Kutná Hora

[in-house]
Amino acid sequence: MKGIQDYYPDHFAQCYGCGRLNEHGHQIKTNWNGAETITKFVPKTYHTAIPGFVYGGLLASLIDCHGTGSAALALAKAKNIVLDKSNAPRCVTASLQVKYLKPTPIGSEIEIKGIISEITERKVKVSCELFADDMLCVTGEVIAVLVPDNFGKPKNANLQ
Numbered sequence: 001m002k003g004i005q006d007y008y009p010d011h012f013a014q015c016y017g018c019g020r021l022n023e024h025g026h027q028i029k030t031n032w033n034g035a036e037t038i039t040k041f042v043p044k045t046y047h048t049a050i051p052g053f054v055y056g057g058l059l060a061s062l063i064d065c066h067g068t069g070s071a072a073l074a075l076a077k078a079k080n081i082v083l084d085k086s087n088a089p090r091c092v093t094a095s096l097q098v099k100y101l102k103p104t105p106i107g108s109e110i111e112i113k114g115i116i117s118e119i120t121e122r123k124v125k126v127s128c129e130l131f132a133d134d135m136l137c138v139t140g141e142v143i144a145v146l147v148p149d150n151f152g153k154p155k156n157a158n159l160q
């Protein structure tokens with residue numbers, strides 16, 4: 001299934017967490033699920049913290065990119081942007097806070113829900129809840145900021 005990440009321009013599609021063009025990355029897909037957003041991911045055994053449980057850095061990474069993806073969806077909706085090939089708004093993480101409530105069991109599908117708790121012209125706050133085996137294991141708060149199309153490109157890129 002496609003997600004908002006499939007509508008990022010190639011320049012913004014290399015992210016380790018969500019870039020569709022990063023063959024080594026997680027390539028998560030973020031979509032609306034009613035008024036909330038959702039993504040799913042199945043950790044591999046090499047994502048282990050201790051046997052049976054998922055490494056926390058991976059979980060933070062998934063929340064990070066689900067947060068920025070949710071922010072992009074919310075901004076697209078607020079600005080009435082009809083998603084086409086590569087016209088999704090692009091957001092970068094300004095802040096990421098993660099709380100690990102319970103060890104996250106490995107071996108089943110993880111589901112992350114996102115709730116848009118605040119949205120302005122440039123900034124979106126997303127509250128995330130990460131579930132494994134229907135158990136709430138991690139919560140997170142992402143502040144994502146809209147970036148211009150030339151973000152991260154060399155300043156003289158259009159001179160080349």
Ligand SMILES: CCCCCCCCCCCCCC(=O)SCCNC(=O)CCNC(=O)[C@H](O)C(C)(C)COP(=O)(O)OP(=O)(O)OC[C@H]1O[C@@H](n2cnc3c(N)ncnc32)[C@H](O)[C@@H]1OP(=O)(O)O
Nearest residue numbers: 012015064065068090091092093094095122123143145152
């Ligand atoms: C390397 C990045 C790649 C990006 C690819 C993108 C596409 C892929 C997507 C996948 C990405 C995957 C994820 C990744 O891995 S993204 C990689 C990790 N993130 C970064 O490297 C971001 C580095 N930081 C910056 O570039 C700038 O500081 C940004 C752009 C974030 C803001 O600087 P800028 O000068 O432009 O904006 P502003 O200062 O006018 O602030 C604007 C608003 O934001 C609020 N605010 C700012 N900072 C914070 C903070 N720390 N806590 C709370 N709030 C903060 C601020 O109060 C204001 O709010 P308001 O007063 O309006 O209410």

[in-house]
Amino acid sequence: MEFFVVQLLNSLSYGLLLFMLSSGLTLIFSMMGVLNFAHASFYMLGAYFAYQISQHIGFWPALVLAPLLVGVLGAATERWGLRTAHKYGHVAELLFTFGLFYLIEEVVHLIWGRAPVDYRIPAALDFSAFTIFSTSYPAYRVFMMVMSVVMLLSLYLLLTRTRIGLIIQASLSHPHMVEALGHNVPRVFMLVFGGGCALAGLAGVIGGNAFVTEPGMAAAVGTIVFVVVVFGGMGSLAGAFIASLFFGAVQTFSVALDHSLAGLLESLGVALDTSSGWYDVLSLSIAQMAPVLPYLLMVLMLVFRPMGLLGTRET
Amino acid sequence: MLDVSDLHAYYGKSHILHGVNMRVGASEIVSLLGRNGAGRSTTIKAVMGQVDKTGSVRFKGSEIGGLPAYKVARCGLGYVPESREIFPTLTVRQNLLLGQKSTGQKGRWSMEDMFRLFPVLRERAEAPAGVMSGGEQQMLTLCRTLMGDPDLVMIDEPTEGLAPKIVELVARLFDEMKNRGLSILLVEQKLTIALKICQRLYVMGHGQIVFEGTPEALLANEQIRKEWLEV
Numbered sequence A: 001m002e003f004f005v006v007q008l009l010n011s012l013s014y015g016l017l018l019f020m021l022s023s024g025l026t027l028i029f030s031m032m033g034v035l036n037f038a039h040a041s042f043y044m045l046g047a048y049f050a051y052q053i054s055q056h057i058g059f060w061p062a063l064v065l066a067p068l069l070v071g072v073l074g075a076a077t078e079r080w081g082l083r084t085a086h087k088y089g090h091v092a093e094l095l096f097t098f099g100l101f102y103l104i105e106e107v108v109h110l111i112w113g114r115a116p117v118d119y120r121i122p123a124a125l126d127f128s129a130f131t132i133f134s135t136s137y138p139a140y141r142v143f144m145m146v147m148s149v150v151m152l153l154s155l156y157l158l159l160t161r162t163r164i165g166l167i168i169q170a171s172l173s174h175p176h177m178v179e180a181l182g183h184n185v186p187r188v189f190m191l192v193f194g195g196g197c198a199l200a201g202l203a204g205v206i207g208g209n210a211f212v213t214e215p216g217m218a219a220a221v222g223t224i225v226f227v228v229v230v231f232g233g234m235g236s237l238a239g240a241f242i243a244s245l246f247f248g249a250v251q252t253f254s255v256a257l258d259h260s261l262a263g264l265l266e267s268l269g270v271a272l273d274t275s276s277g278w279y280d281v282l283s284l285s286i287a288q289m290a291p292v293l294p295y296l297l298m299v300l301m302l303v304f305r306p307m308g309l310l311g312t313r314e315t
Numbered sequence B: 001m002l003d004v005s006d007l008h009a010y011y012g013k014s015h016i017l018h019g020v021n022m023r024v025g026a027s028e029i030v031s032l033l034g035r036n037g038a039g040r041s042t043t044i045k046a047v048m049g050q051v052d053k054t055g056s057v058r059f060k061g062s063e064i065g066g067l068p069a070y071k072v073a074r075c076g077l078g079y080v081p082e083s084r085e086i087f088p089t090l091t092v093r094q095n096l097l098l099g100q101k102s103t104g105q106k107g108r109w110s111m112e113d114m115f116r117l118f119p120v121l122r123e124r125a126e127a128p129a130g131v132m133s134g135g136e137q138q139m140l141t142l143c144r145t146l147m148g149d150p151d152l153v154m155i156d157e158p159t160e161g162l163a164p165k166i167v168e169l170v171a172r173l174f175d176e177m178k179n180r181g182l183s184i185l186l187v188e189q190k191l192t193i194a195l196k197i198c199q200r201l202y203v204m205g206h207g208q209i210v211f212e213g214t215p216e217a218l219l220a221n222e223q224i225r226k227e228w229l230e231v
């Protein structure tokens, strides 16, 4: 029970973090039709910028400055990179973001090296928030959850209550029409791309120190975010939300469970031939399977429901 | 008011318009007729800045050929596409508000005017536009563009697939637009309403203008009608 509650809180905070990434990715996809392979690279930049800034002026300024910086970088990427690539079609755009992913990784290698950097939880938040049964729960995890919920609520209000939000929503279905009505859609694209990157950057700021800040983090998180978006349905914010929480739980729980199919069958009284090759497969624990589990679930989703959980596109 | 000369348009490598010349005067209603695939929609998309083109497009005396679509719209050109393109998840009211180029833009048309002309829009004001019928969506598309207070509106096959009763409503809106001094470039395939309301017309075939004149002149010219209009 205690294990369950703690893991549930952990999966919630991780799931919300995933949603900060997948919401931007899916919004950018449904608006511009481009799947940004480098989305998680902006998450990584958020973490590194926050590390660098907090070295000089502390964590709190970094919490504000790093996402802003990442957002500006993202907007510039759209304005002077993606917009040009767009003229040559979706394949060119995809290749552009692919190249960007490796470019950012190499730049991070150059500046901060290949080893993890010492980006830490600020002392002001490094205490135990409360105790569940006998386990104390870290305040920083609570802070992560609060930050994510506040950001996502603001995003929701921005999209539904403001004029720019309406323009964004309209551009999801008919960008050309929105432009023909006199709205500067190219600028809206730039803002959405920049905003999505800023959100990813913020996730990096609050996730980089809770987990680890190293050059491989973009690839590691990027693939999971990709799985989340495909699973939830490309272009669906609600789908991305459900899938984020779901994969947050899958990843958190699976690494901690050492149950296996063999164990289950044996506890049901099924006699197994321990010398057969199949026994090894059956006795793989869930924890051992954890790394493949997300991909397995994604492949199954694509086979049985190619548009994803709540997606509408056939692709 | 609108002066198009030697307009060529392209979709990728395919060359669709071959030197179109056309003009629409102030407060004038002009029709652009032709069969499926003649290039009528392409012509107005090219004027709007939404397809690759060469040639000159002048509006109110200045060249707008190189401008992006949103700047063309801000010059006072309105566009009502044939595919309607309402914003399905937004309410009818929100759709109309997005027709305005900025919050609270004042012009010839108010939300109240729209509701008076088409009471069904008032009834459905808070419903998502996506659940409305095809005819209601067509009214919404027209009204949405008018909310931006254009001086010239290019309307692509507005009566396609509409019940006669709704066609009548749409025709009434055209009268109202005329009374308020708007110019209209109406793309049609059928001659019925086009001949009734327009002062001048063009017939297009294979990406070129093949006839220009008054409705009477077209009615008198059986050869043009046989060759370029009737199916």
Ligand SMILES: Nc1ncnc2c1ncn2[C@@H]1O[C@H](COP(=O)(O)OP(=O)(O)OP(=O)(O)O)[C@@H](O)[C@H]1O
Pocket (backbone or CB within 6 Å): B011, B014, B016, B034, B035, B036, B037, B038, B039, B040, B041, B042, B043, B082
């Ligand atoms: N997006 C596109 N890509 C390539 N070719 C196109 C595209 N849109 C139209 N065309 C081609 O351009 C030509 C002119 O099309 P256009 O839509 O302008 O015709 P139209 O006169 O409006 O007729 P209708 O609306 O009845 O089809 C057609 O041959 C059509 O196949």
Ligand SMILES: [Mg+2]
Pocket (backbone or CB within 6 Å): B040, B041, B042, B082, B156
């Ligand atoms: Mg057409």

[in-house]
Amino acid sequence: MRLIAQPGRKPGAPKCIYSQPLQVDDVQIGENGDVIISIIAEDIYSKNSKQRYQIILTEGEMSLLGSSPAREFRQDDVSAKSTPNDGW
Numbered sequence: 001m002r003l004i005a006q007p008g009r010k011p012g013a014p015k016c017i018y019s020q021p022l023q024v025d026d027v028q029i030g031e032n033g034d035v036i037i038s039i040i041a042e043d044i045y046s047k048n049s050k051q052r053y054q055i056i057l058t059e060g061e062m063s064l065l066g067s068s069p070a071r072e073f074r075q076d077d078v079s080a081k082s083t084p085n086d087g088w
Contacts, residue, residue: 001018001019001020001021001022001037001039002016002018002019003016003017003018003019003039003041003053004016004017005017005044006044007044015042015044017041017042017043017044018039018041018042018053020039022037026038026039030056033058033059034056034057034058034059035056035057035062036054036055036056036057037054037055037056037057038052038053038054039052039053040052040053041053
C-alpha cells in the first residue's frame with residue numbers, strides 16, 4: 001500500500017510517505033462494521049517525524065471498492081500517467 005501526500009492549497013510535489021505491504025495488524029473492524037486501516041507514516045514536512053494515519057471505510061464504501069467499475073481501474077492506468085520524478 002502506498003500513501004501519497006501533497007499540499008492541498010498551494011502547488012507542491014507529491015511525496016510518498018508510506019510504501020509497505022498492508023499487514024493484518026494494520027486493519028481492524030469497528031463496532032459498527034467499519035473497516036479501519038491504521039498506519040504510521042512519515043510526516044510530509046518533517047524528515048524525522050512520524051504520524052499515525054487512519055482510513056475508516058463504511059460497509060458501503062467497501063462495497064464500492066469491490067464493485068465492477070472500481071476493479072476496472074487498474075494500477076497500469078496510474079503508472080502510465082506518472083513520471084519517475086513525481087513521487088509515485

Kutná Hora ko͝otˈnä hôˈrä [key], Ger. Kuttenberg, city (1991 pop. 24,561), central Czech Republic, in Bohemia. Now an agricultural center, it was an important silver-mining center in the Middle Ages. A national monument, it is a tourist draw and a market for the surrounding farm products. Its famous mint largely created the power and greatness of the medieval kings of Bohemia. In 1421–24, Kutná Hora was captured by the Hussites, recaptured by Emperor Sigismund, and captured again and burned by John Zizka. Until then a stronghold of Catholicism, it became for two centuries the center of Bohemian Protestantism. The city suffered again in the Thirty Years War (1618–48) and lost its importance after the silver mines closed in the 17th cent. Kutná Hora is rich in medieval architecture; the Church of St. Barbara (14th cent.) is a splendid example of Bohemian Gothic, and the Gothic Cathedral of St. James (14th cent.) has a tower 266 ft (81 m) high. The “Italian Court,” begun in the 13th cent., is a palace once used both as a mint and as a residence of the kings of Bohemia.

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